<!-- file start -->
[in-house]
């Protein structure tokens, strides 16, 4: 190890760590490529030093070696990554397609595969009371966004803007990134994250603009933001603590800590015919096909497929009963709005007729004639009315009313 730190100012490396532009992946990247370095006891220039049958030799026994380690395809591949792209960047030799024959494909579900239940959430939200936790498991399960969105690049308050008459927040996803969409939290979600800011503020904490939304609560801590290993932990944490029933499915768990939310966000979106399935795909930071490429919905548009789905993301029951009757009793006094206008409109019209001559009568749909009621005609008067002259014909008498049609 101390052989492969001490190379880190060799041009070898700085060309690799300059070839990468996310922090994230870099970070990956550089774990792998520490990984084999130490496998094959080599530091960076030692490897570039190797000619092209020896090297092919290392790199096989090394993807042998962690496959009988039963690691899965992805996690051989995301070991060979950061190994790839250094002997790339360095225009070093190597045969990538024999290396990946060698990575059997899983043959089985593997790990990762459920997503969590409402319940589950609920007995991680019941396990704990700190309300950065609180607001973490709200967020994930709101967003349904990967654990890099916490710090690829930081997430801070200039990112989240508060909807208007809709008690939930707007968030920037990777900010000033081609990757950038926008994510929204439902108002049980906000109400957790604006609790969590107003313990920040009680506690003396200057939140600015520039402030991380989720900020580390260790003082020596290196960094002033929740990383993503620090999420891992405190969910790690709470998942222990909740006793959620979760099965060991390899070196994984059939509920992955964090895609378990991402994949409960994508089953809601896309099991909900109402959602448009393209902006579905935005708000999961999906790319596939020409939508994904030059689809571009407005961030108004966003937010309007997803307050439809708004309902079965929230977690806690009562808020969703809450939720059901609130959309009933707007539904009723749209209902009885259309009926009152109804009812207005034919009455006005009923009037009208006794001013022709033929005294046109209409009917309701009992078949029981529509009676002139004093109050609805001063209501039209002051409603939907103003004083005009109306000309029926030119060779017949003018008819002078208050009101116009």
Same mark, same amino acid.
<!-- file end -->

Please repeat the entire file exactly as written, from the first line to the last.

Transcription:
[in-house]
């Protein structure tokens, strides 16, 4: 190890760590490529030093070696990554397609595969009371966004803007990134994250603009933001603590800590015919096909497929009963709005007729004639009315009313 730190100012490396532009992946990247370095006891220039049958030799026994380690395809591949792209960047030799024959494909579900239940959430939200936790498991399960969105690049308050008459927040996803969409939290979600800011503020904490939304609560801590290993932990944490029933499915768990939310966000979106399935795909930071490429919905548009789905993301029951009757009793006094206008409109019209001559009568749909009621005609008067002259014909008498049609 101390052989492969001490190379880190060799041009070898700085060309690799300059070839990468996310922090994230870099970070990956550089774990792998520490990984084999130490496998094959080599530091960076030692490897570039190797000619092209020896090297092919290392790199096989090394993807042998962690496959009988039963690691899965992805996690051989995301070991060979950061190994790839250094002997790339360095225009070093190597045969990538024999290396990946060698990575059997899983043959089985593997790990990762459920997503969590409402319940589950609920007995991680019941396990704990700190309300950065609180607001973490709200967020994930709101967003349904990967654990890099916490710090690829930081997430801070200039990112989240508060909807208007809709008690939930707007968030920037990777900010000033081609990757950038926008994510929204439902108002049980906000109400957790604006609790969590107003313990920040009680506690003396200057939140600015520039402030991380989720900020580390260790003082020596290196960094002033929740990383993503620090999420891992405190969910790690709470998942222990909740006793959620979760099965060991390899070196994984059939509920992955964090895609378990991402994949409960994508089953809601896309099991909900109402959602448009393209902006579905935005708000999961999906790319596939020409939508994904030059689809571009407005961030108004966003937010309007997803307050439809708004309902079965929230977690806690009562808020969703809450939720059901609130959309009933707007539904009723749209209902009885259309009926009152109804009812207005034919009455006005009923009037009208006794001013022709033929005294046109209409009917309701009992078949029981529509009676002139004093109050609805001063209501039209002051409603939907103003004083005009109306000309029926030119060779017949003018008819002078208050009101116009």
Same mark, same amino acid.